The switch to the Python programming language for new code is not merely
a change of the language, but a chance to rethink and improve the
Let's face it: VyOS is full of spaghetti code where logic for reading
the VyOS config, generating daemon configs, and restarting processes is
all mixed up.
Python (or any other language, for that matter) does not provide
automatic protection from bad design, so we need to also devise design
guidelines and follow them to keep the system extensible and
But we are here to assist you and want to guide you through how you can
become a good VyOS contributor. The rules we have are not there to
punish you - the rules are in place to help us all. What does it mean?
By having a consistent coding style it becomes very easy for new
contributors and also longtime contributors to navigate through the
sources and all the implied logic of the spaghetti code.
Please use the following template as good starting point when developing
new modules or even rewrite a whole bunch of code in the new style
##### Configuration Script Structure and Behaviour
Your configuration script or operation mode script which is also written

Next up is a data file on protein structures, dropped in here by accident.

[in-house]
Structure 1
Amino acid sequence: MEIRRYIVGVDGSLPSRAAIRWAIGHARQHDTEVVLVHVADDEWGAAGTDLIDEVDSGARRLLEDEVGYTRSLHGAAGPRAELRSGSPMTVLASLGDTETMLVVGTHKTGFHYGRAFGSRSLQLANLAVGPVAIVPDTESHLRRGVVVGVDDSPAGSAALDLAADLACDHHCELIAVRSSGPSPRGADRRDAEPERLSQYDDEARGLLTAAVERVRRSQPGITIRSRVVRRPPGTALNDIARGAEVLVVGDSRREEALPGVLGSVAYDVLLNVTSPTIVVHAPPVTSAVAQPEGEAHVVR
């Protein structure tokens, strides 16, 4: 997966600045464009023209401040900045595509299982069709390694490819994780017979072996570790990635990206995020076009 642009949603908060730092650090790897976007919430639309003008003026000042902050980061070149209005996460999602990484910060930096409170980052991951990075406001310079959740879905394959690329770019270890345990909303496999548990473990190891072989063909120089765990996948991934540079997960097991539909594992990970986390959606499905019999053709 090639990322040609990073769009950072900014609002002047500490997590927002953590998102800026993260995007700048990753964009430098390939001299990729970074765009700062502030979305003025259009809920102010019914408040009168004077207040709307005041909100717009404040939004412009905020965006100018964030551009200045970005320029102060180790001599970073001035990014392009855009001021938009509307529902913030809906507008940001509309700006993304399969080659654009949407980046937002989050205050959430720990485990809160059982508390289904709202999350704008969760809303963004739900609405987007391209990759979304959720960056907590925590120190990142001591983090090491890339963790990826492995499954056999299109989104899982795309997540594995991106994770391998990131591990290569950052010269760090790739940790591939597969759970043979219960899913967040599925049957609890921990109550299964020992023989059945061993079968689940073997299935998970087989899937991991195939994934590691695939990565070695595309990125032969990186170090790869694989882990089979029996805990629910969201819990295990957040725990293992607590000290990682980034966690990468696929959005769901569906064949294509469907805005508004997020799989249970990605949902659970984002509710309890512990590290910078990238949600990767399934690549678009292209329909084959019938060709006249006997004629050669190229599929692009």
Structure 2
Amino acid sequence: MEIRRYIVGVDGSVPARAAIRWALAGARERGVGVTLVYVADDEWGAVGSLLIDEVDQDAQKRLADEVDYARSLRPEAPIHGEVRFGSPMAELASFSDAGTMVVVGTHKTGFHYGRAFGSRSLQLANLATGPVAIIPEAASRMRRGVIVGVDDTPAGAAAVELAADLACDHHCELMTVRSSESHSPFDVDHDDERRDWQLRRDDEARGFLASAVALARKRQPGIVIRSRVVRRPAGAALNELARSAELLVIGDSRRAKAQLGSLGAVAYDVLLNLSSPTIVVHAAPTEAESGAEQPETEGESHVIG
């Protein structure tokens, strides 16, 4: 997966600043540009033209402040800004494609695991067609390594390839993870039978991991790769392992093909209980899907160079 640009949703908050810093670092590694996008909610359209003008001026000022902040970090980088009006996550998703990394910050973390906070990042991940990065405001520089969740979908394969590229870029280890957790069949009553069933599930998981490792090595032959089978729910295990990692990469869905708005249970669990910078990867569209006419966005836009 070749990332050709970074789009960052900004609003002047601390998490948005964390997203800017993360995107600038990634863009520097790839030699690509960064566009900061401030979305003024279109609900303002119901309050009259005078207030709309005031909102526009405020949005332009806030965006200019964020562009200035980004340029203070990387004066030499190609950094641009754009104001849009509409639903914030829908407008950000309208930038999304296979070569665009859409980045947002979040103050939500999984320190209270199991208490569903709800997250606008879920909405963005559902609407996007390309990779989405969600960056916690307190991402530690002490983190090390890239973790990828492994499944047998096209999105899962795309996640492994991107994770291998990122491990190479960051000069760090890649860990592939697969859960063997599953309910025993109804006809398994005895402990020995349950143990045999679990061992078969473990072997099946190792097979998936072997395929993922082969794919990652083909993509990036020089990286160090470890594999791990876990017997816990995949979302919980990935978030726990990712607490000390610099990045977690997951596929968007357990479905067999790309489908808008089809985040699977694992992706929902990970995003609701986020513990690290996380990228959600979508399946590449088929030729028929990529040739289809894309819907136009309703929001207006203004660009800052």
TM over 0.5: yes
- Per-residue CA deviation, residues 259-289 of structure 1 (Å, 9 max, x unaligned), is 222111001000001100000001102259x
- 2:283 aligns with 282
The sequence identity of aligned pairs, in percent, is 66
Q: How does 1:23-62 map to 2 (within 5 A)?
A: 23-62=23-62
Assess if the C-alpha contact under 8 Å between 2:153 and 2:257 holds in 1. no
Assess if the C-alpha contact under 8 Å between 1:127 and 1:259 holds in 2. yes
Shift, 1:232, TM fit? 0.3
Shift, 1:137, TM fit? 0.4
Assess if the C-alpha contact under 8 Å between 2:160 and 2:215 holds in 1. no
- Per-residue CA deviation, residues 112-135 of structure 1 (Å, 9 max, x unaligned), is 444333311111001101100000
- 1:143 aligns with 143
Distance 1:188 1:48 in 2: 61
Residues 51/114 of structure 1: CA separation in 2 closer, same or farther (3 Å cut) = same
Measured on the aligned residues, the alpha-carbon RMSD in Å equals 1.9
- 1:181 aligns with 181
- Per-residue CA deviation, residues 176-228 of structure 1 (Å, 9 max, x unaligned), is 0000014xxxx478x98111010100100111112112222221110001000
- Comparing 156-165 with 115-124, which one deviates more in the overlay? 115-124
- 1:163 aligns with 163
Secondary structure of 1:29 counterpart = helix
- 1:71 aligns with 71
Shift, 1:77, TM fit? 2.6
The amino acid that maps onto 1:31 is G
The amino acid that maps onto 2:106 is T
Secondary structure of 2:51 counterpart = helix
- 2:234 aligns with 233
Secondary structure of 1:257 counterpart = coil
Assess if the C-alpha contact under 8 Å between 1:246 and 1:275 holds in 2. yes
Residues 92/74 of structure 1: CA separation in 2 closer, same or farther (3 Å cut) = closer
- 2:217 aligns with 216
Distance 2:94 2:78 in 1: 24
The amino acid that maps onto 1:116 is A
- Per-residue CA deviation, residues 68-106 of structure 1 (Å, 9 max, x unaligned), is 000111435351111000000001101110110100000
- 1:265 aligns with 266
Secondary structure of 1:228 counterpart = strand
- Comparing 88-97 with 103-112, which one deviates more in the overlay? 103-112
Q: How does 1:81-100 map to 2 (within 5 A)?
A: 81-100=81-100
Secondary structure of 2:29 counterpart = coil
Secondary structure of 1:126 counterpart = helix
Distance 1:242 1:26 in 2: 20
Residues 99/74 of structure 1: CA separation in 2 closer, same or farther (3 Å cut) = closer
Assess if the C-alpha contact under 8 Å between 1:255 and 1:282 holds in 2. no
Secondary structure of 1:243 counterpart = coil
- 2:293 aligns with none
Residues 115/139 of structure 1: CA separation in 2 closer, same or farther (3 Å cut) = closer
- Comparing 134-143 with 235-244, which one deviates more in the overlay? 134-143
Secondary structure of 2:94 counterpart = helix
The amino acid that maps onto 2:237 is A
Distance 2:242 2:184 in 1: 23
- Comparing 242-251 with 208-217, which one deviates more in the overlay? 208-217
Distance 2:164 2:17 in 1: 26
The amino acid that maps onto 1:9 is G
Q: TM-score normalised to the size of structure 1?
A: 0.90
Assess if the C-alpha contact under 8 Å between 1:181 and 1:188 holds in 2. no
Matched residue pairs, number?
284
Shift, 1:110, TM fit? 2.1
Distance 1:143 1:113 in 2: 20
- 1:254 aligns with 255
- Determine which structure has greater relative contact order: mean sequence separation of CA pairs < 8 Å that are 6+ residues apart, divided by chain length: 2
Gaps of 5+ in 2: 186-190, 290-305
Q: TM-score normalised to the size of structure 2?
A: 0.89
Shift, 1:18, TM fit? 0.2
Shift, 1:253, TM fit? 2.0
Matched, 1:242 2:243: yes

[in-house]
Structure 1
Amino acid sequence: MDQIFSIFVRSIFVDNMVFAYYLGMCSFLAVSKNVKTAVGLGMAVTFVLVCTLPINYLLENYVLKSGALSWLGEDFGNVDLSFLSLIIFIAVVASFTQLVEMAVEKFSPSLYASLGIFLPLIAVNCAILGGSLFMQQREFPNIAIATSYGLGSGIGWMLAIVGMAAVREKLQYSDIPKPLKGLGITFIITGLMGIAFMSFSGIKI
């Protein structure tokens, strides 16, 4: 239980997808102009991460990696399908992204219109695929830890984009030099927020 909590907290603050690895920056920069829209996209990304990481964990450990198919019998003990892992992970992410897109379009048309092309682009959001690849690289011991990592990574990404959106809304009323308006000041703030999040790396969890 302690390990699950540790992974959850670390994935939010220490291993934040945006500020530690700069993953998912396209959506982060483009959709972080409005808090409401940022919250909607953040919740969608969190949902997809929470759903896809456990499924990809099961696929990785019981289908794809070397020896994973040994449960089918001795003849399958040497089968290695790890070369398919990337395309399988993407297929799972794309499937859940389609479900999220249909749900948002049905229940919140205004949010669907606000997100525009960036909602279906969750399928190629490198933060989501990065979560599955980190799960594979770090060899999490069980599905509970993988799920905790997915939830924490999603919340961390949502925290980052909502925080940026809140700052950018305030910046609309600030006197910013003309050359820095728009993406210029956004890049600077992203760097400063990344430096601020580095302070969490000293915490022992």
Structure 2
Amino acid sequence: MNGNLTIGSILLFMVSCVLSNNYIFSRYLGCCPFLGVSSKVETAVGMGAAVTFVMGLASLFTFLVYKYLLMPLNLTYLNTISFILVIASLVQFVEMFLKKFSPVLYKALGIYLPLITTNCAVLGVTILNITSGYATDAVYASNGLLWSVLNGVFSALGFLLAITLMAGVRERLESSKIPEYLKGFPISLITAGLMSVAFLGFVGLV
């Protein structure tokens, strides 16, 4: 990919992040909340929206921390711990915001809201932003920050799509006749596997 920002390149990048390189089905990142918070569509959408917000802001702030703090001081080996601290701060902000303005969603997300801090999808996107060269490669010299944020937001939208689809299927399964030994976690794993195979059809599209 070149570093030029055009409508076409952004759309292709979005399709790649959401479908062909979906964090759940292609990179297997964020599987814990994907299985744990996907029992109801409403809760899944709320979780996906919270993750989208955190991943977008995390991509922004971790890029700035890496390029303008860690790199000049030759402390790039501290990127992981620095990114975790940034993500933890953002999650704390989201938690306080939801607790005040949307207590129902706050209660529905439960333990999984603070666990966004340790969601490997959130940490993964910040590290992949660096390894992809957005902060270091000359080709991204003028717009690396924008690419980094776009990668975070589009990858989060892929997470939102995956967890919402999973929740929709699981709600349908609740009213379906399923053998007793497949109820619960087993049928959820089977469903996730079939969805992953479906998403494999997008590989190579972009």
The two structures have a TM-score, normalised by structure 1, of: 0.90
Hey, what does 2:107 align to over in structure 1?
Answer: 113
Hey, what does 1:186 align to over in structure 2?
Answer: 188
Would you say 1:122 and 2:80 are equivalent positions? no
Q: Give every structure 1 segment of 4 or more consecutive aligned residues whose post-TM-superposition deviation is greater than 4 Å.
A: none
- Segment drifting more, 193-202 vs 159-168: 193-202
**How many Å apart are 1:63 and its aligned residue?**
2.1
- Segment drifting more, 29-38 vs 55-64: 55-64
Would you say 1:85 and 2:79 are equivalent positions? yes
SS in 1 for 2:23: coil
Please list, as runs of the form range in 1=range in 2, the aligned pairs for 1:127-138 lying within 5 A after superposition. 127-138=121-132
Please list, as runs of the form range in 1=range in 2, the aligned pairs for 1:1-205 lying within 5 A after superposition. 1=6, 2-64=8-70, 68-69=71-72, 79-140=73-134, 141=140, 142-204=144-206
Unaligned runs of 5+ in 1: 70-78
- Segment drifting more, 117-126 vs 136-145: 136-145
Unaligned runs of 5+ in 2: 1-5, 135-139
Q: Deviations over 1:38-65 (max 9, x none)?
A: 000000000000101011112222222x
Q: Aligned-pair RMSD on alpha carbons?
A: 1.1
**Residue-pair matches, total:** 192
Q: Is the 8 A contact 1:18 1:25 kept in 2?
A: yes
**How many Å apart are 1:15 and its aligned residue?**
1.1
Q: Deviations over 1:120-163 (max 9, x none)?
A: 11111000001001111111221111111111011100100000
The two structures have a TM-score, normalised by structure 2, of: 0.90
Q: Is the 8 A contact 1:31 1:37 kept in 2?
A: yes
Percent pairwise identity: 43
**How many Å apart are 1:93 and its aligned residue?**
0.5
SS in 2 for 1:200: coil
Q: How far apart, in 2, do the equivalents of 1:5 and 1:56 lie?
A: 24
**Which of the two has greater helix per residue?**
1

in Python3 should have a line break on 80 characters. This seems to be a
bit odd nowadays but as some people also work remotely or program using
vi(m) this is a fair good standard which I hope we can rely on.
In addition this also helps when browsing the GitHub codebase on a
mobile device if you happen to be a crazy scientist.
# Copyright (C) 2019 VyOS maintainers and contributors
# This program is free software; you can redistribute it and/or modify
# it under the terms of the GNU General Public License version 2 or later as
# published by the Free Software Foundation.
# This program is distributed in the hope that it will be useful,
# but WITHOUT ANY WARRANTY; without even the implied warranty of
# MERCHANTABILITY or FITNESS FOR A PARTICULAR PURPOSE. See the
# GNU General Public License for more details.
# You should have received a copy of the GNU General Public License
# along with this program. If not, see <http://www.gnu.org/licenses/>.
from vyos.config import Config
from vyos import ConfigError
vc = Config()
# Convert the VyOS config to an abstract internal representation
config = ...
# Verify that configuration is valid
raise ConfigError("Descriptive message")
# Generate daemon configs
# Apply the generated configs to the live system
config = get_config()
except ConfigError as e:
The `get_config()` function must convert the VyOS config to an abstract,
internal representation. No other function is allowed to call the
`vyos.config. Config` object method directly. The rationale for it is
that when config reads are mixed with other logic, it's very hard to
change the config syntax since you need to weed out every occurrence of
the old syntax. If syntax-specific code is confined to a single
function, the rest of the code can be left untouched as long as the
internal representation remains compatible.
Another advantage is testability of the code. Mocking the entire config